Uncertain future after failing academy trust pulls out of schools

By Adele Forrest | 15/09/2017

Uncertain future after failing academy trust pulls out of schools
Swinton Brookfield Primary Academy

YOUNGSTERS at two schools face an uncertain future after the shock announcement that their academy chain will be wound up following disappointing exam results.

The board at Wakefield City Academies Trust (WCAT) — which runs Swinton Brookfield Primary Academy and Mexborough Academy — asked the Department for Education to find new sponsors for the schools.

Union leaders called for the school’s to be brought back under council control — but the authority said that would not be legally possible.

The two academies are part of the 21 schools currently run by WCAT, which announced last Friday it “does not have the capacity to facilitate the rapid improvement our academies need and our students deserve” and had requested the DfE placed its academies with new sponsors.

The DfE said the trust’s 2016 exam results were “disappointing” — with 11 of the 14 primary academies below the national average and six of the seven secondary schools also failing to meet the grade.

A DfE spokeswoman said: “We have agreed to the re-brokerage of all 21 schools under the WCAT’s control.”

The Regional Schools Commissioner is now working with the trust to identify new sponsors.

Brookfield joined WCAT in August 2015 and was placed in special measures by Ofsted a year later while Mexborough Academy joined the trust in January 2015.

Fred Sprague, branch secretary for the Rotherham National Education Union, said the academy system had let down children, parents and staff at Brookfield.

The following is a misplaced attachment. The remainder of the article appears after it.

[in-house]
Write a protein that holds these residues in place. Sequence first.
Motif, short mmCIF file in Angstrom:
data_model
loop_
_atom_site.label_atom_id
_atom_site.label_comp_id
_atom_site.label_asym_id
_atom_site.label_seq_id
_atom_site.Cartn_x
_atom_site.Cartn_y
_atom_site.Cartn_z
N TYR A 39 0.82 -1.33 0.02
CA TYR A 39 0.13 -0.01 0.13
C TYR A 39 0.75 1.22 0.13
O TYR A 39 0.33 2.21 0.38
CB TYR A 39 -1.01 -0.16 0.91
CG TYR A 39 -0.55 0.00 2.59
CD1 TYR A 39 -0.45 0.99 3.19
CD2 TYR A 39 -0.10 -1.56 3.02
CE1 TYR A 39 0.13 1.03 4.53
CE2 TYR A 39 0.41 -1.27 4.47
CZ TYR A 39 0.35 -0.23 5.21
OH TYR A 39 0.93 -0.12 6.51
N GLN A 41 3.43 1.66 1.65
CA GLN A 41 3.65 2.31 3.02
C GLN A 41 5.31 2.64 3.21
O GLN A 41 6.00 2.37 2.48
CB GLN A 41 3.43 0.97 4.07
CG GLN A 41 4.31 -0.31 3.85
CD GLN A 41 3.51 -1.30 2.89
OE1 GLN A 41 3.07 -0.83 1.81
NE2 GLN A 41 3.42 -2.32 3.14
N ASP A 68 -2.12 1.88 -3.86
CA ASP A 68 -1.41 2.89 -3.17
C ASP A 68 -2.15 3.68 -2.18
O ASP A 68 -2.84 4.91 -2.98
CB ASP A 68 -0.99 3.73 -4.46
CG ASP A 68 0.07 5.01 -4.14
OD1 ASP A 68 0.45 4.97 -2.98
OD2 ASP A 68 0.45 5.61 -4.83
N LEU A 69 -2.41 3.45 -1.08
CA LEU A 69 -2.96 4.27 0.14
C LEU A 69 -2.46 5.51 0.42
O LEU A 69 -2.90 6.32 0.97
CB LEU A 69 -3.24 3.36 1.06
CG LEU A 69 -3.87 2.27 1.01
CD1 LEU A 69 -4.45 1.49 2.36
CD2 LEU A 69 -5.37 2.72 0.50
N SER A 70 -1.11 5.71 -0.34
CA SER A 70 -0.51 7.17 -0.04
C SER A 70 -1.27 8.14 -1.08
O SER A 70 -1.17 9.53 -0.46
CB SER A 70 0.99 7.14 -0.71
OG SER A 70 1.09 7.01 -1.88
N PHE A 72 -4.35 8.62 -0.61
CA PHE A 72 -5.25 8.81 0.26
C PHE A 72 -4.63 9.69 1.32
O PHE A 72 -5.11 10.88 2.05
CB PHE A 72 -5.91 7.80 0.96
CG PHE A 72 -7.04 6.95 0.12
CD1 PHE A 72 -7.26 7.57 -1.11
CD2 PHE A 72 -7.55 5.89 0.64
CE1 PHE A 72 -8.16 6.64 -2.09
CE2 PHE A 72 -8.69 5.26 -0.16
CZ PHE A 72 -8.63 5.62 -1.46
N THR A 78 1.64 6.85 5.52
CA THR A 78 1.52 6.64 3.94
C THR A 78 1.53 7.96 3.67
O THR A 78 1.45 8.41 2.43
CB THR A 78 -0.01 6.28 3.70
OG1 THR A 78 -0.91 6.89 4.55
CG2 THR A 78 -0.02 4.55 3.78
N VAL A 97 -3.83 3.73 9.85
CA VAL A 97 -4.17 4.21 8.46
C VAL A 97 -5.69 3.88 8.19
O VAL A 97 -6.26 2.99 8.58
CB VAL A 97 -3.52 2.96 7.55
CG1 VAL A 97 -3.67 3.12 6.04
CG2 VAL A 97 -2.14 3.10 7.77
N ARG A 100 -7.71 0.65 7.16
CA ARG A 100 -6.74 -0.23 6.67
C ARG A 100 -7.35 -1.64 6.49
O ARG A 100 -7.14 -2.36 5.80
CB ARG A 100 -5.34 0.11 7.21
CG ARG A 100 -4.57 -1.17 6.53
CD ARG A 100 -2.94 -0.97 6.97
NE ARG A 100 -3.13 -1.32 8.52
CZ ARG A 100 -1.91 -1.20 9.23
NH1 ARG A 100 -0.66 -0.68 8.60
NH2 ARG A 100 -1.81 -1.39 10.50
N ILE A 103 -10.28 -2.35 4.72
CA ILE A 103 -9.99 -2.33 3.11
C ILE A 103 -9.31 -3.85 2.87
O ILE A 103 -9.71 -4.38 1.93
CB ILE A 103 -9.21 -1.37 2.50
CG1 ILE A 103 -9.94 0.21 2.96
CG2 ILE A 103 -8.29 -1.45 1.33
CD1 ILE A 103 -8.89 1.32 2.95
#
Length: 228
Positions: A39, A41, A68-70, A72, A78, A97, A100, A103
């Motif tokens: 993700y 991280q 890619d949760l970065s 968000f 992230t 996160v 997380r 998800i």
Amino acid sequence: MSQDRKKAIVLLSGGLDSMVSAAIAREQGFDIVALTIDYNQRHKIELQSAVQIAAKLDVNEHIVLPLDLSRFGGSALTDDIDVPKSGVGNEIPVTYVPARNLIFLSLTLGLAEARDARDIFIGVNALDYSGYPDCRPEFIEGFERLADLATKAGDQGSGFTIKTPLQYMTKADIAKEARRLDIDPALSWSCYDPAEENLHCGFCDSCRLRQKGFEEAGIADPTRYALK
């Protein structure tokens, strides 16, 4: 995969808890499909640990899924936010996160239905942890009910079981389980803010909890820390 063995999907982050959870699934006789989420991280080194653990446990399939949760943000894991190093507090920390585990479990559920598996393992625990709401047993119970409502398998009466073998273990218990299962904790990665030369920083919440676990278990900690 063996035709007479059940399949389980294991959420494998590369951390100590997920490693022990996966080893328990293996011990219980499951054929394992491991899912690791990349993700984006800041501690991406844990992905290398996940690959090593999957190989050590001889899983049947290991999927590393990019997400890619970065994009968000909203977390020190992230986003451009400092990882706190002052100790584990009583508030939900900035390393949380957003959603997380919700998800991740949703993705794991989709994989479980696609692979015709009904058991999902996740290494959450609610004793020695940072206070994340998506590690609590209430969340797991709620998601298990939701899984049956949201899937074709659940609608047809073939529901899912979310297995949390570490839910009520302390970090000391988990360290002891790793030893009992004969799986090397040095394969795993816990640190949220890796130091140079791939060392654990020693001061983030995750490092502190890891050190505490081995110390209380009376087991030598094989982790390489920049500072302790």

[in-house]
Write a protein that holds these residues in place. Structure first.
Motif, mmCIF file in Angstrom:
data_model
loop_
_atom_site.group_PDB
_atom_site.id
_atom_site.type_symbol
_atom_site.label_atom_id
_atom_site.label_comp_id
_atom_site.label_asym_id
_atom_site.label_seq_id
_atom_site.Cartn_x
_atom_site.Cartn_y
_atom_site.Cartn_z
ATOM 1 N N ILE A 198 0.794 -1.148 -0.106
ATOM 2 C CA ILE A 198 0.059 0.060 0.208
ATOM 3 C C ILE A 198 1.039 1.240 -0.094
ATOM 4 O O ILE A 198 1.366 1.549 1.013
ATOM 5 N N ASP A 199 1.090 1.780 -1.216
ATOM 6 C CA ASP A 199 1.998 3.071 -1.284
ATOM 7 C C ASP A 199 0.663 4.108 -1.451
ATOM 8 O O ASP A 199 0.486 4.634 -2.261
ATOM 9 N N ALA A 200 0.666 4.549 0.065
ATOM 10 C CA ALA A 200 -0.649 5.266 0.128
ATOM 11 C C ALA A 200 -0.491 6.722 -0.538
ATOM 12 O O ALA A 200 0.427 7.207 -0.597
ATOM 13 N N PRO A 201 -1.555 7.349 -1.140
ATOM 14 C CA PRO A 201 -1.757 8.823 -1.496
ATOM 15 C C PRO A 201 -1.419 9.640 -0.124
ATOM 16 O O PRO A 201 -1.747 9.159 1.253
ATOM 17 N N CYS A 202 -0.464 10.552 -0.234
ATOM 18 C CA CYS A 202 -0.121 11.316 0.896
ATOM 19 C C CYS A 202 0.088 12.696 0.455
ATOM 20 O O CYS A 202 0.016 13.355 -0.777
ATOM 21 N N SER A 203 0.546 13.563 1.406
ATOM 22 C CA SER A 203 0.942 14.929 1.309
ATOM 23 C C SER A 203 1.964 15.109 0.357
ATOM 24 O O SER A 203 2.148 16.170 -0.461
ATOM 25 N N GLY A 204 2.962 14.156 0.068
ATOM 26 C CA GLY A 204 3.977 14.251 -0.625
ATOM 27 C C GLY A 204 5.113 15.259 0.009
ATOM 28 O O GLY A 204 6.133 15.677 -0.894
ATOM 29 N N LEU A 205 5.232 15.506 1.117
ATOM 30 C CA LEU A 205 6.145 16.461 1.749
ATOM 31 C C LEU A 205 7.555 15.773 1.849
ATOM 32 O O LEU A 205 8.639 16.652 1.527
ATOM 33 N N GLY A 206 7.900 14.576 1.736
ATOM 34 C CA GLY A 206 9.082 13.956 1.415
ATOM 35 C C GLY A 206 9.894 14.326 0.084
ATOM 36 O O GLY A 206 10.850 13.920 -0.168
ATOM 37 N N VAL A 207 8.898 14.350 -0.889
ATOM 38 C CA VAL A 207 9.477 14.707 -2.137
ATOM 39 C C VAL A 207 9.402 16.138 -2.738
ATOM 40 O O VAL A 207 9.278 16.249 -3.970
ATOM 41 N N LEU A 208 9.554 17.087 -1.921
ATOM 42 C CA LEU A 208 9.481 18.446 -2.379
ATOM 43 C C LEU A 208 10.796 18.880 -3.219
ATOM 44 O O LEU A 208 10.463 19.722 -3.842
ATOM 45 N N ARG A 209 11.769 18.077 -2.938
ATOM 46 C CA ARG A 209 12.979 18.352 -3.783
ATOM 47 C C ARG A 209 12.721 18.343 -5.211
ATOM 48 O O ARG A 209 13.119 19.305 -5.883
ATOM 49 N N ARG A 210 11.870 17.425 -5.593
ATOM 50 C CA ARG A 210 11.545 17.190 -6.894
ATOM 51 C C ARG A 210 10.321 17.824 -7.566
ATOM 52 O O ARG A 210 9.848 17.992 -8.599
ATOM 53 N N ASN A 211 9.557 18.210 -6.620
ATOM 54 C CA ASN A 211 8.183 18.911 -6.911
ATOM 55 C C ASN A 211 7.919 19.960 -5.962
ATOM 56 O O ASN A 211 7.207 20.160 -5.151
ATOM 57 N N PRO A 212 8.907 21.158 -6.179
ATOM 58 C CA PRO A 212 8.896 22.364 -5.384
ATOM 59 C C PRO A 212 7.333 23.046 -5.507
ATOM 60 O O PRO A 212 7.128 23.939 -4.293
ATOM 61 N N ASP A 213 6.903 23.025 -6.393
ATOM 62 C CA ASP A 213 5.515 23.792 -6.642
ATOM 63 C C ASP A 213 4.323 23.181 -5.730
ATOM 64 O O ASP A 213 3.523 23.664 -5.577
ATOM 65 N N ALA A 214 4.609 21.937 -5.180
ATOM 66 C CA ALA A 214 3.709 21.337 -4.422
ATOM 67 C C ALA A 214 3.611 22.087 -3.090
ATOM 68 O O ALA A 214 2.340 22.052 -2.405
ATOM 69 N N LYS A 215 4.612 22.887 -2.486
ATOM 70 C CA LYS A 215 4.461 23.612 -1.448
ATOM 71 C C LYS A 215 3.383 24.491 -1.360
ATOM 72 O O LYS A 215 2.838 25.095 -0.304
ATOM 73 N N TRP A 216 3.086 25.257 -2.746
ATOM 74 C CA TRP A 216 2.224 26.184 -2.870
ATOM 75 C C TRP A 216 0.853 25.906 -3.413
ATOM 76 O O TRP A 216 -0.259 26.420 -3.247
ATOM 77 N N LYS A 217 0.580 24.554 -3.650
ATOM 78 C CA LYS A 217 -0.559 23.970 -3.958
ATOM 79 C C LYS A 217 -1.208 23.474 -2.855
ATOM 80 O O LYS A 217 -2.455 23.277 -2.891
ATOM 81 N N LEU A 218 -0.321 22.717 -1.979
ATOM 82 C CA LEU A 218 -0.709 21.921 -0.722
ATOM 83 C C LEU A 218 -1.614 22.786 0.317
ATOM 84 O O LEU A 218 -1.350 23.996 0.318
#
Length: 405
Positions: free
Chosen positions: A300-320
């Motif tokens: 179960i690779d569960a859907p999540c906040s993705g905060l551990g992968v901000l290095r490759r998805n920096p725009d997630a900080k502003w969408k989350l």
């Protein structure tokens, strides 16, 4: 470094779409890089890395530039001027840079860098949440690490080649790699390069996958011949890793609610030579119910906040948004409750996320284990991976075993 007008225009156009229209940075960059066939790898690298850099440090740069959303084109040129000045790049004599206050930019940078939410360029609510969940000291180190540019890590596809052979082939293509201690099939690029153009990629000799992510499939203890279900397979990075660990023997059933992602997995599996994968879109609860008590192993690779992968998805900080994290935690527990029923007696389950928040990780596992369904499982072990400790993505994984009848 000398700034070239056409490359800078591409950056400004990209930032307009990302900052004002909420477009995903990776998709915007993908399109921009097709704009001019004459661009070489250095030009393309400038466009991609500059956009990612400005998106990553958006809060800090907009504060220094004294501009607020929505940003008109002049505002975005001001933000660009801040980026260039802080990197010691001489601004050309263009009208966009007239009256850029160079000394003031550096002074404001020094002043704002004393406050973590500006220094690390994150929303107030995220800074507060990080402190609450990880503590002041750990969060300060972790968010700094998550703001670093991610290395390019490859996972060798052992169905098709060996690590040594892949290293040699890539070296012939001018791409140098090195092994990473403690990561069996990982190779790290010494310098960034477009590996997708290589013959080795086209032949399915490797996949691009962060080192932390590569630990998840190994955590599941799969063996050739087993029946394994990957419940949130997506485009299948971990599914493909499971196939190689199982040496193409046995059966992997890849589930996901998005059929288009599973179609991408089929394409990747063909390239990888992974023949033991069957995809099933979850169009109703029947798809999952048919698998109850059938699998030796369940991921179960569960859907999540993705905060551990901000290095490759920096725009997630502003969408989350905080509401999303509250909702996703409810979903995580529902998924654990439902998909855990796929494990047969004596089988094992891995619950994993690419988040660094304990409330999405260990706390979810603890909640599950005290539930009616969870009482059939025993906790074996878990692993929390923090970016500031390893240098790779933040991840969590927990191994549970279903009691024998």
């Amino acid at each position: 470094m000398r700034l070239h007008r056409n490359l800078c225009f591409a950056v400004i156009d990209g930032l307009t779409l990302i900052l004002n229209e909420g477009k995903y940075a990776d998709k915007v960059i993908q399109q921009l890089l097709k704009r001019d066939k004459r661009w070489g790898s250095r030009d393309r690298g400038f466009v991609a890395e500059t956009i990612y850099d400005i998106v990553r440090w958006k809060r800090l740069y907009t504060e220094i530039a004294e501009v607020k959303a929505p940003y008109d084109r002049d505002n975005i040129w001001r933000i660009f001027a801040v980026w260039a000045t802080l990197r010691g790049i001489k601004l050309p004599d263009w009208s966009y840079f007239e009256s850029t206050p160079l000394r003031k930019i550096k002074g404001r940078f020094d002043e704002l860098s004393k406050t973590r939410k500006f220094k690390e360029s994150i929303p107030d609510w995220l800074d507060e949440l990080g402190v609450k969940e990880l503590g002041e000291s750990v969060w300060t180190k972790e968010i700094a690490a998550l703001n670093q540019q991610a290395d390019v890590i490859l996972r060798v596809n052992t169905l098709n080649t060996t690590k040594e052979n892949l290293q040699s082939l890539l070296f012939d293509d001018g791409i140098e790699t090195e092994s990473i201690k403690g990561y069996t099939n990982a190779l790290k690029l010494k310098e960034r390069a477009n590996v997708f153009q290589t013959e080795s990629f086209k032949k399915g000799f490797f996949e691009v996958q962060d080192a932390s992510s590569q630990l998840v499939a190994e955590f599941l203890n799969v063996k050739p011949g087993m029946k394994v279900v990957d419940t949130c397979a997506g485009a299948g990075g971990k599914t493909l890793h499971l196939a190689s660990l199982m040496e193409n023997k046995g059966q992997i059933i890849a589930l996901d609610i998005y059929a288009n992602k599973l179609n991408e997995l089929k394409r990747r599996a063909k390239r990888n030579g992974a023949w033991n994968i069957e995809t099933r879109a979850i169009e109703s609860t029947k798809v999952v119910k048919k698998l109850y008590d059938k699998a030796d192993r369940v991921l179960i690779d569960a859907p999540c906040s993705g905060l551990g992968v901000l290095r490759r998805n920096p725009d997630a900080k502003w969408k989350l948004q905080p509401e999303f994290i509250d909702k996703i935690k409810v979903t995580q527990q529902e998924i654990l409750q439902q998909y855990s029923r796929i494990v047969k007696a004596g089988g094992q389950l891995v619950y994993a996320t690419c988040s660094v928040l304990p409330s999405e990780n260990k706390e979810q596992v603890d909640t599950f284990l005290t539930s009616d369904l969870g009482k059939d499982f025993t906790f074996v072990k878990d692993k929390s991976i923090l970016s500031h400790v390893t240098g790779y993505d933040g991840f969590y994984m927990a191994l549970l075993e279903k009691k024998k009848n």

He said: “We always knew there was the possibility of this and that we would end up with chaos in the system — treating schools like businesses, means like businesses, they can go belly up.”

Mr Sprague added: “After the WCAT re-brokering, the school will have had three sponsors in four years.  

“The whole academy agenda has been a busted flush for the community at Brookfield.

“Surely, there is an argument for Brookfield to be taken back by RMBC?”

But an RMBC spokesman said that “when a school becomes an academy this decision is legally irreversible”.

He added: “We will however continue to work with the DfE and the Regional Schools Commissioner to support a solution for Brookfield Academy in order to minimise disruption and the obvious anxieties that parents, carers, staff and pupils will undoubtedly have at this difficult time.”

Doncaster Council, which previously ran Mexborough Academy, echoed RMBC’s response.

Brookfield executive headteacher, Julie Mills, urged parents with concerns to contact her direct.

On Wednesday, the National Education Union and Trades Union Congress called for an independent review of the failings and for the government to hold immediate talks with the Trust and local authorities over the future of staff at the 21 schools.

Chris Keates, general secretary of the NASUWT added: “This isn’t the first example of a trust collapsing, putting in jeopardy the future of young people and the livelihoods of teachers and other staff — and regrettably it won’t be the last.”



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